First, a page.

His first collections of Songs were written to trivial words, and can only be used for social amusement; but the later series, especially the canzonets, rank far higher, and many of them have survived, and are still heard with delight, in spite of the progress in this particular branch of composition since his day. The airs and duets composed for insertion in various operas were essentially ephemeral productions. His canons—some serious and dignified, others overflowing with fun—strikingly exhibit his power of combination. His three-part and four-part songs—like the canons, especial favourites with the composer—are excellent compositions, and still retain their power of arousing either devotional feeling or mirth.
His larger Masses are a series of masterpieces, admirable for freshness of invention, breadth of design, and richness of development, both in the voice-parts and the intruments. The cheerfulness which pervades them does not arise from frivolity, but rather from the joy of a heart devoted to God, and trusting all things to a Father's care. He told Carpani that 'at the thought of God, his heart leaped for joy, and he could not help his music doing the same.' And to this day, difficult as it may seem to reconcile the fact with the true dignity of church music, Haydn's masses and offertories are executed more frequently than any others in the Catholic churches of Germany.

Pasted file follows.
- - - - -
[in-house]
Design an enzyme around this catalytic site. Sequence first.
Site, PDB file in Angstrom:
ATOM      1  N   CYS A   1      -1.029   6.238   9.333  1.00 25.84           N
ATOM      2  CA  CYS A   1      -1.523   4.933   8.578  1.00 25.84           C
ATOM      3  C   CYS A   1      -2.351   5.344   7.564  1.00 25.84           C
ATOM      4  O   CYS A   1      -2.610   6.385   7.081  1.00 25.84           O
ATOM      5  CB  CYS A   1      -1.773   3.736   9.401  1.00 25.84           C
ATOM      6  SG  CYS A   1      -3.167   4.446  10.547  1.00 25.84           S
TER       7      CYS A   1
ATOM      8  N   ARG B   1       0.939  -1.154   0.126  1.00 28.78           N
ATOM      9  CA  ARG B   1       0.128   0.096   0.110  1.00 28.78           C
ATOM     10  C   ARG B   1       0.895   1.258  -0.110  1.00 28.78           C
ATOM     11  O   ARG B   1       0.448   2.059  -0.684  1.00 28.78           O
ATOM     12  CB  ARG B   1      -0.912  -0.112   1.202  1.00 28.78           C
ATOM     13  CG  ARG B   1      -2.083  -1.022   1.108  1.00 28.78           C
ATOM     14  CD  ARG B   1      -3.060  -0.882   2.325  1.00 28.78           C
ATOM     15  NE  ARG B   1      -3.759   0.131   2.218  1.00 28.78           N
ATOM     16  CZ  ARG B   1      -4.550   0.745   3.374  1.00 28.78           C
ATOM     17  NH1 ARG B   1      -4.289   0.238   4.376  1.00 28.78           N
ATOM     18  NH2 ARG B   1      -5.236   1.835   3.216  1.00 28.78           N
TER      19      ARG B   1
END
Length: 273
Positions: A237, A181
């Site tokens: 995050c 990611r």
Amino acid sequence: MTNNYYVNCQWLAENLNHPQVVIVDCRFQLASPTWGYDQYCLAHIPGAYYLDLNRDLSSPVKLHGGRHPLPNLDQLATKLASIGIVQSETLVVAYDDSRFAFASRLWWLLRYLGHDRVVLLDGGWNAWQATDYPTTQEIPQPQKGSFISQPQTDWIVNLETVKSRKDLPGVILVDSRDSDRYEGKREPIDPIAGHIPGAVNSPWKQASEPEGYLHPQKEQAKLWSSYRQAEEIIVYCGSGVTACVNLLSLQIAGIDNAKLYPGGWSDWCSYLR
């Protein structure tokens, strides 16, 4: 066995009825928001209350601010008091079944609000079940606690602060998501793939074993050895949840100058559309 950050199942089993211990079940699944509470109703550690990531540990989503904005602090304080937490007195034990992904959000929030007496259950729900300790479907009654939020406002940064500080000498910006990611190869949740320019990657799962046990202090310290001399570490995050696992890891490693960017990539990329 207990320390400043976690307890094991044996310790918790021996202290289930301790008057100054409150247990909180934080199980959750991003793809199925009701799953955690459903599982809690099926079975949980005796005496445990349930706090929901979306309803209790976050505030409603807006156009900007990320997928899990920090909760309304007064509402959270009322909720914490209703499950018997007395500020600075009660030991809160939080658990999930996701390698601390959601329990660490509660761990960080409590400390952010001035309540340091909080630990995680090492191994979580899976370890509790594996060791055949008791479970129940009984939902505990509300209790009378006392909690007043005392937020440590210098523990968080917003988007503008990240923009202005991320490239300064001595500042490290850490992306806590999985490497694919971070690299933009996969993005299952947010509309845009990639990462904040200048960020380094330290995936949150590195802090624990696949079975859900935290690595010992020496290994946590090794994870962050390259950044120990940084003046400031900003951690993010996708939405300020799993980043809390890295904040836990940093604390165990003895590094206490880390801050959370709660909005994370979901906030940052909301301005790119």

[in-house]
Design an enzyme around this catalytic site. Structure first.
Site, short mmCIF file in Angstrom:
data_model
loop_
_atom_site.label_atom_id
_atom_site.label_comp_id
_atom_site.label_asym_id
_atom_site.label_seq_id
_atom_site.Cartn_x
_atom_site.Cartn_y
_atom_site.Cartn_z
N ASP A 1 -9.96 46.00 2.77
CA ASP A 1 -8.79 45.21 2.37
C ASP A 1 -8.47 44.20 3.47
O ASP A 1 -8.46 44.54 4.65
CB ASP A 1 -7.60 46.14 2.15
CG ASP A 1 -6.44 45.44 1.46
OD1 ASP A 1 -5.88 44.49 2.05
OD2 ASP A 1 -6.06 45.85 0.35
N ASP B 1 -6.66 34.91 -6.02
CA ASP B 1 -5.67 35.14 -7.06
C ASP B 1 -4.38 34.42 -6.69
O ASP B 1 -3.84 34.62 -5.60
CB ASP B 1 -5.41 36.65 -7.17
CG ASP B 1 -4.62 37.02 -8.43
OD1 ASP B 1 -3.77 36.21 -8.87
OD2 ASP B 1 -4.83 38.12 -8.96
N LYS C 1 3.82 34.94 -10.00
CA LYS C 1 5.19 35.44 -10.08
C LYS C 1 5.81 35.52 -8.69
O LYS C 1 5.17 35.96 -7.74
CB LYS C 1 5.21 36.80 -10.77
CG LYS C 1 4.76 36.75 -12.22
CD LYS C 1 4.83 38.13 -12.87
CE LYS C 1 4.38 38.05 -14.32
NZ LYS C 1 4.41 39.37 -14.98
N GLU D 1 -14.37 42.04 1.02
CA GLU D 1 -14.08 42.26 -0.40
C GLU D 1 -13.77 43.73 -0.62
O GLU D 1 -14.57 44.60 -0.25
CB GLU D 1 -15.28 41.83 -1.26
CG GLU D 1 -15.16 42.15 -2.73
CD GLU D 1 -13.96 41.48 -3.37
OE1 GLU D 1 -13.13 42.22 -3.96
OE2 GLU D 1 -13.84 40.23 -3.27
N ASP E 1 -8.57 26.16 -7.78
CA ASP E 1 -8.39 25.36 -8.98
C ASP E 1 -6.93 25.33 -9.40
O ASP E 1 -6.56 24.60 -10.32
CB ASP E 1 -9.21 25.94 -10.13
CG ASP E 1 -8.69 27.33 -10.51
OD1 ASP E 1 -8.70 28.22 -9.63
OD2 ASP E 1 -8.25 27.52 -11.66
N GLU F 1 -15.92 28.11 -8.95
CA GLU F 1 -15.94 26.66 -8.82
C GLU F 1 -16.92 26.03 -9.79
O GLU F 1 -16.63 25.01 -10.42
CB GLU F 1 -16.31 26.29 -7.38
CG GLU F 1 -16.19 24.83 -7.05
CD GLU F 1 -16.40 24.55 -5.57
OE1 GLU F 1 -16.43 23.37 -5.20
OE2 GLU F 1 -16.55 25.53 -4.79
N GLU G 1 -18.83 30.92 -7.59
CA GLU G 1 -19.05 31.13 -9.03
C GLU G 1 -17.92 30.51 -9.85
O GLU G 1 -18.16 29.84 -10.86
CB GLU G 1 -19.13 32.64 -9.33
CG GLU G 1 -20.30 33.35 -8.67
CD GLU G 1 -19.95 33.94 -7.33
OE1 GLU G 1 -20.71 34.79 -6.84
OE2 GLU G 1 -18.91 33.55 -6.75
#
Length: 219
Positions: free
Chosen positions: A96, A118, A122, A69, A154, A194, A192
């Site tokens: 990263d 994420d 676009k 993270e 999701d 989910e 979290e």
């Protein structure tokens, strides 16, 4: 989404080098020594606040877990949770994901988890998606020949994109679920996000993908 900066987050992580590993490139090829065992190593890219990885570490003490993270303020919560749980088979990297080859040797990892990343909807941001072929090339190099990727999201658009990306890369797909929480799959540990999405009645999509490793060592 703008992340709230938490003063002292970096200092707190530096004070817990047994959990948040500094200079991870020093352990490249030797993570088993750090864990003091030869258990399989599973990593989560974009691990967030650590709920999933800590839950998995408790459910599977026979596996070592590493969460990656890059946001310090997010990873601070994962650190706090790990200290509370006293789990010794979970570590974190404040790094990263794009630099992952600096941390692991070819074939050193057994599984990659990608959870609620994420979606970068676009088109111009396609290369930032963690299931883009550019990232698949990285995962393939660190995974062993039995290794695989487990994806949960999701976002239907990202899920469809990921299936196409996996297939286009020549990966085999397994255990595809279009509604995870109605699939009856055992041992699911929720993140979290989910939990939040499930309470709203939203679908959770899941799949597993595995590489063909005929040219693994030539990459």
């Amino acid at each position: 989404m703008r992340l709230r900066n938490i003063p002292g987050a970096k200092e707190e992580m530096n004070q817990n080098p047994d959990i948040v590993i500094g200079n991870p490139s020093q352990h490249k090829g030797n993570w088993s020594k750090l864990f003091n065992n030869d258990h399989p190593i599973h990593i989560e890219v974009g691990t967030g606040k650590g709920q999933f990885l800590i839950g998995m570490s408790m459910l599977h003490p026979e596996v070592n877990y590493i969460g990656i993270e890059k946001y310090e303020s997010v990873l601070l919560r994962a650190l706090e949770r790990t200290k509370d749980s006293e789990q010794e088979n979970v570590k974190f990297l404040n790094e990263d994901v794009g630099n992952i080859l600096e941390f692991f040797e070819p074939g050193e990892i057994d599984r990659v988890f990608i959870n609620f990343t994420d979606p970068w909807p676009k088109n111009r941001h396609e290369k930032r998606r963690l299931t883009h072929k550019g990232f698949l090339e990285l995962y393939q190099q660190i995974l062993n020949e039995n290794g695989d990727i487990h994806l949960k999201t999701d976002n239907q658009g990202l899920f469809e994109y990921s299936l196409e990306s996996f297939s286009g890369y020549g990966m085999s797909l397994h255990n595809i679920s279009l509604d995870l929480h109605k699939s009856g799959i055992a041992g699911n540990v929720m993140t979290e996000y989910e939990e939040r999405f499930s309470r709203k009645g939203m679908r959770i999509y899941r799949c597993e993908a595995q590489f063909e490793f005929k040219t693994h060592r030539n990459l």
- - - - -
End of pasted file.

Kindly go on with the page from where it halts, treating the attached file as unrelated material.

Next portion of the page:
Frequent performances of his celebrated Oratorios have familiarised every one with the charm and freshness of his melody, and his expressive treatment of the voices, which are invariably supported without being overpowered by refined and brilliant orchestration. In these points none of his predecessors approached him. With regard to his operas composed for Esterház, we have already quoted his own opinion; they attained their end. Had his project of visiting Italy been fulfilled, and his faculties been stimulated in this direction by fresh scenes and a larger sphere, we might have gained some fine operas, but we should certainly have lost the Haydn we all so dearly love.